American Security Bank inaugurated a new era of supermarket retail banking in metropolitan Washington yesterday with the formal opening of its 31st office at 4834 MacArthur Blvd. NW.
Taking his cue from the Safeway store across the street, American Security Chairman Carleton M. Stewart wheeled a shopping cart down the tiny "aisle" of his newest branch, eyeing selections from such offerings as certificates of deposit and auto loans.
"We're merchants," Stewart said, adding that this new approach to selling bank services had "caused a lot of stomach-churning" at American Security, the second largest of Washington's banks in terms of deposits.
Bankers have been at fault in the past "for somewhat misleading the public" with such promises as free checking, the bank officer added. Nothing is free, and the challenge facing bankers today is to provide the services the public wants at a cost that still permits bank profitability, he continued.
With the relatively small branch on MacArthur Boulevard which Stewart described as "a model" and an "experimental laboratory," American Security hopes to conduct the sort of market research with its customers that soap manufacturers conduct in the Safeway.
If a concept works, it will be spread throughout the bank's branching system. If something fails, it will be dropped.
Borrowing marketing concepts from Safeway and other food chains, American Security will promote its various offerings with huge signs on its outside windows, a sign in its lobby highlighting this week's "specials," and wall signs that display current rates for various type of loans and savings.
"As retailers, we want to be responsive to our customers in terms of what we offer and how we deliver it. We want to bring our inventory out into the open, and allow customers to examine the products and make an informed choice," Stewart stated.
For example, one new service being tested at the MacArthur Boulevard branch is a Visa checking account, by which a customer will be issued a Visa card that may be used to buy merchandise at any merchant honoring the bank card.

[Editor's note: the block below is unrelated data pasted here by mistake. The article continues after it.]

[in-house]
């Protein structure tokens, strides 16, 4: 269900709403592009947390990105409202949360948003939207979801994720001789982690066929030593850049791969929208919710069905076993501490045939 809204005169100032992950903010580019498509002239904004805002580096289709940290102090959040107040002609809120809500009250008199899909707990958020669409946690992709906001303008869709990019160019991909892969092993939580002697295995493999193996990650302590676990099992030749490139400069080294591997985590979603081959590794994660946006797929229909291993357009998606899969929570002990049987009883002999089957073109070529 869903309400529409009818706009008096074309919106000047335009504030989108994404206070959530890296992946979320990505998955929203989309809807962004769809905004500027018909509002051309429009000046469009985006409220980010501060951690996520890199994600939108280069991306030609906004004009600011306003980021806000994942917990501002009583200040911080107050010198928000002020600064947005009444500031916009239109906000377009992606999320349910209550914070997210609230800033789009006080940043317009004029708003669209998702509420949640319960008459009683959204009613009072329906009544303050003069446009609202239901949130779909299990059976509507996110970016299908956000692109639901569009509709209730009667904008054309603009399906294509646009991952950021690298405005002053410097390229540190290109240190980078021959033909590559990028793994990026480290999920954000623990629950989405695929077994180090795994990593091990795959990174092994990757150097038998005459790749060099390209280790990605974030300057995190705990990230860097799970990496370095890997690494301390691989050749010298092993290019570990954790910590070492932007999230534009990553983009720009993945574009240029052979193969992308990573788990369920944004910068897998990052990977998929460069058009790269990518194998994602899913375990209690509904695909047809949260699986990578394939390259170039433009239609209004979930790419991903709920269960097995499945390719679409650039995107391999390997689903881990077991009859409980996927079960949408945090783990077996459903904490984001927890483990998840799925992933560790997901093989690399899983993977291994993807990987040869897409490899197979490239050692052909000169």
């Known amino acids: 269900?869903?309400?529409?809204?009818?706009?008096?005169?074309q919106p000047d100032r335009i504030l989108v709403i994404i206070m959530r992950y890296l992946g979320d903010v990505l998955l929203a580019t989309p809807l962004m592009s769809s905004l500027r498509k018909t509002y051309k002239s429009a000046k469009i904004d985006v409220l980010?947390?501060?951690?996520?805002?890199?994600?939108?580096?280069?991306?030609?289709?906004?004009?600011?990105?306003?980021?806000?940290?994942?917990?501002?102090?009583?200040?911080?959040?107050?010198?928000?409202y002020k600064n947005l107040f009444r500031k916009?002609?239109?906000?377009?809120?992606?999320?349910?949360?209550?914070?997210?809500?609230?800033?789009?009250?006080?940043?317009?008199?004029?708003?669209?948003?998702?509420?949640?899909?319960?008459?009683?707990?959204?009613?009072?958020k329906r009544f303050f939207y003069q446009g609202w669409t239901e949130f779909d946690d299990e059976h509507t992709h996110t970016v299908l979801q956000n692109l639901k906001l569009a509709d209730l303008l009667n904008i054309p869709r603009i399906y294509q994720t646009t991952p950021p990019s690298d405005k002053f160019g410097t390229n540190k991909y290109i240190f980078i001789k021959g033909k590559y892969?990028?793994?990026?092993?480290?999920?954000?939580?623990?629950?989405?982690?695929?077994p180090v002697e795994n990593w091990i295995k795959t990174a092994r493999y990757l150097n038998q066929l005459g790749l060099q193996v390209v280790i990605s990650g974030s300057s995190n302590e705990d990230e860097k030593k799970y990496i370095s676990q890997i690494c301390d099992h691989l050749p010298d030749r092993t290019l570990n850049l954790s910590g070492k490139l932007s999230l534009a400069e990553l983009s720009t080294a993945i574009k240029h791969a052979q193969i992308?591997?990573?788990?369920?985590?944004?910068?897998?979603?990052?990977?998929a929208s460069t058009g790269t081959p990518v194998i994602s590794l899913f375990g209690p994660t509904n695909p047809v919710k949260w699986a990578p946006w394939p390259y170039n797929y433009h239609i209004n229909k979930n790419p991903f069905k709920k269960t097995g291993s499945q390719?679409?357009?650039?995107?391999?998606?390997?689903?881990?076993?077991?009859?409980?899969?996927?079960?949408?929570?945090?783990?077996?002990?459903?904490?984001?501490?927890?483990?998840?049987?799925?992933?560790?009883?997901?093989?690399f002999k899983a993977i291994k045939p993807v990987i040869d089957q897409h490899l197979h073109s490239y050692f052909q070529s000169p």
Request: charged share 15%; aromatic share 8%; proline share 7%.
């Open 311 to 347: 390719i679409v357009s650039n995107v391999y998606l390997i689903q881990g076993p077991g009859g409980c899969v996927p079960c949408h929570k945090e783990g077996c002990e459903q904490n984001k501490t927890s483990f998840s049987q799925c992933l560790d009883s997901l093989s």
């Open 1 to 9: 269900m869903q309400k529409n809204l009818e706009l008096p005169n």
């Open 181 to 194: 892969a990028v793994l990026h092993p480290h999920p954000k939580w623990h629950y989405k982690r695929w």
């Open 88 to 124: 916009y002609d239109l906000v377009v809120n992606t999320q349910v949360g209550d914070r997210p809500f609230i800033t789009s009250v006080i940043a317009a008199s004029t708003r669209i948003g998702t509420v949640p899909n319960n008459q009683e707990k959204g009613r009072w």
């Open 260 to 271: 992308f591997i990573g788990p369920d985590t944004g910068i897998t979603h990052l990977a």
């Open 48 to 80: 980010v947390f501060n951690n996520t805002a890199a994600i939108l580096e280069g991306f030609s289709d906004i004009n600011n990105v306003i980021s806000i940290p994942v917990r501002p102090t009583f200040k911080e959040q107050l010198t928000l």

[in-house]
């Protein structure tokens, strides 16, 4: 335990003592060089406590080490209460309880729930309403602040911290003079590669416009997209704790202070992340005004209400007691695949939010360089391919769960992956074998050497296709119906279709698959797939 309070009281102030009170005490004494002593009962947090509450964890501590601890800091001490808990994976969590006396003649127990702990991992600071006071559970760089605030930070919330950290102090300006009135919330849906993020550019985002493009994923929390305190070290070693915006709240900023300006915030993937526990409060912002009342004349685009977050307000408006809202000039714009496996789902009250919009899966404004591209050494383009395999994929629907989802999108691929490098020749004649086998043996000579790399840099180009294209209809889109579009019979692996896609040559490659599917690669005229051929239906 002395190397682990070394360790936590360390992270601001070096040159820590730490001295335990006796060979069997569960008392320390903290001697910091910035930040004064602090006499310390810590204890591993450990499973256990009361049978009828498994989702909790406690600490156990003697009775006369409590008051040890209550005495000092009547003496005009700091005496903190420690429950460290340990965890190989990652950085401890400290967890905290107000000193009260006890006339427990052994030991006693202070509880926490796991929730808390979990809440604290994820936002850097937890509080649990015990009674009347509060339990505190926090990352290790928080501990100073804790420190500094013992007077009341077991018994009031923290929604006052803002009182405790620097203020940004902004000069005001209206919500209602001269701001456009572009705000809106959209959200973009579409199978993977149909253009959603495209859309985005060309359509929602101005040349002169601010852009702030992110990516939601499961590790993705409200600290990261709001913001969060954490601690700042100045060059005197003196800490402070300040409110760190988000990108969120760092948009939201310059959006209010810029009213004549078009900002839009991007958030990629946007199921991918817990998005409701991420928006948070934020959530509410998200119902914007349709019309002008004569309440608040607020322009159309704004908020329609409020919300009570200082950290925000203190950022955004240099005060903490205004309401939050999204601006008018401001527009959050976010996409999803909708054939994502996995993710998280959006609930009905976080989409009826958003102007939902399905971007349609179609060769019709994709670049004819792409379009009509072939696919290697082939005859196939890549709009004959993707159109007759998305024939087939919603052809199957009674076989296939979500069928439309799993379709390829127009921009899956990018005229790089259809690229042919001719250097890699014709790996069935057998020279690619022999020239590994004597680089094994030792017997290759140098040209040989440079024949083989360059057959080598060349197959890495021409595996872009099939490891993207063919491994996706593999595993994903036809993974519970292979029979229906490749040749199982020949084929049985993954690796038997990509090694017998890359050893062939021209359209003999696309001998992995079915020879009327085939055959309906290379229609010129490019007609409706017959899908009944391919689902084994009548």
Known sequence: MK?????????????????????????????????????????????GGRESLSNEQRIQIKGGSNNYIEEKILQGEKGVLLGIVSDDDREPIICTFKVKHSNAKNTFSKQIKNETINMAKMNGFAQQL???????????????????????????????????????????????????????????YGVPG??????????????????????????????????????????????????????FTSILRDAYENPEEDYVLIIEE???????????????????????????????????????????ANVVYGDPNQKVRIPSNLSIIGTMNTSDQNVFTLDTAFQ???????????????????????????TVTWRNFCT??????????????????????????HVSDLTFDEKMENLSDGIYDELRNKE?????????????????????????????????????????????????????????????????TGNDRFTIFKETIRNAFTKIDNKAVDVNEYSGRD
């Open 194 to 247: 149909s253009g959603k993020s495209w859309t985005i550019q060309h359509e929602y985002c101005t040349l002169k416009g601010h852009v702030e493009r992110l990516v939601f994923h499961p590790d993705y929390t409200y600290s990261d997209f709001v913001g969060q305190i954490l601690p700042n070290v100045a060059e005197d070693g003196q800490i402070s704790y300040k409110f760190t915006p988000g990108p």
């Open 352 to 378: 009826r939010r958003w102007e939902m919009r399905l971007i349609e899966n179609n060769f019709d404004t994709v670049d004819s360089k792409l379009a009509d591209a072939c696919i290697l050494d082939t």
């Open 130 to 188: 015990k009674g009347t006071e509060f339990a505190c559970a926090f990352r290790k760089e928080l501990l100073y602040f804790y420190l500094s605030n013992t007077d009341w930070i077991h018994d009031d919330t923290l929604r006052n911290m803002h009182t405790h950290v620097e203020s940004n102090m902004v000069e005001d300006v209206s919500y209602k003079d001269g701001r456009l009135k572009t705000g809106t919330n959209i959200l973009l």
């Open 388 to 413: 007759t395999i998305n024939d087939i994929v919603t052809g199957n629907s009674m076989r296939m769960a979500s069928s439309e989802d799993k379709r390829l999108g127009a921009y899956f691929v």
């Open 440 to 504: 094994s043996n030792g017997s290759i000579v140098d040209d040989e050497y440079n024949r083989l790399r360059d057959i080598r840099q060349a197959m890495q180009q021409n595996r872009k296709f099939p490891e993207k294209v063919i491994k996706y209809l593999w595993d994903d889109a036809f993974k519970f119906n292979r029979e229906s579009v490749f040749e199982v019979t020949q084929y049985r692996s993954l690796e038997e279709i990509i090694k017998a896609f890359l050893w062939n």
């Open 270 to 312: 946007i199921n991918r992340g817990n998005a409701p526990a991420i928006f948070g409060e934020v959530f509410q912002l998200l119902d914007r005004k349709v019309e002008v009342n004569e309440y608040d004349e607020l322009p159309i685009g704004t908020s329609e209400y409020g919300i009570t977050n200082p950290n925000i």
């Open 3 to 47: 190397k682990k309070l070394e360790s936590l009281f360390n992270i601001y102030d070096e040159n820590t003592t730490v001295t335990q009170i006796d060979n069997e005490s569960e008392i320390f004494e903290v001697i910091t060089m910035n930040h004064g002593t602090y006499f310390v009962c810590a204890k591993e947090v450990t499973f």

However, American Security will not issue Visa as a credit card. Rather, the Visa cards will be tied to the bank's overdraft checking account; customers who charged goods or services with their Visa card will have the transaction debited on their checking account.
Stewart left little doubt that American Security plans to offer Visa debit cards throughout its system once any "bugs" are eliminated - thus becoming the first bank in the District of Columbia to offer national bank credit banks.
American Security also plans a rapid expansion of its branches throughout the city, possibly adding five offices in the next year, including two on upper Wisconsin Avenue NW, one on Upper Connecticut Avenue NW and one at the Washington Hospital Center.
In an era when bank officers have been hesitant to open new branches because of the cost, Stewart said yesterday that his bank is "trying to lead an attitude change." Although the marble, furniture and other fixtures make a regular bank branch cost about $350,000, facilities modeled on the MacArthur Boulevard branch will cost less than $70,000 to open, Stewart said.
For example, each teller position consists of a modular unit so new positions can be installed or removed virtually overnight. Modular units can be stored in a warehouse and moved about on demand.
A new International business Machines Corp. automatic teller machine - the bank's first - has been installed next to the human tellers; if there's a line at the windows, customers can move over to the machine for most transactions.
Stewart said American Security also will install an automatic teller machine in the branch vestibule to test consumer reaction. A door to the vestibule could be opened by use of a plastic bank card - thus permitting access to the machine itself.
To promote the new branch, American Security mailed brochures to area residents.
Although the new branch offers all services, some normal activities of a branch will not be conducted at the MacArthur Boulevard site. For example, no letters will be typed by bank personnel there. The branch is a "satellite" of a branch in Georgetown, which will supply the smaller office with some services.
A similar establishment of regional and satellite branches throughout othe city is being planned. Stewart also said studies now being made on possible branches in the suburbs - to offer services legally possible under branching laws - will be completed shortly.
The new branch will be open from 9 a.m. to 3 p.m., except on Thursdays, when the bank will stay open until 7 p.m. That's the heavy shopping night across the street at Safeway, Stewart noted.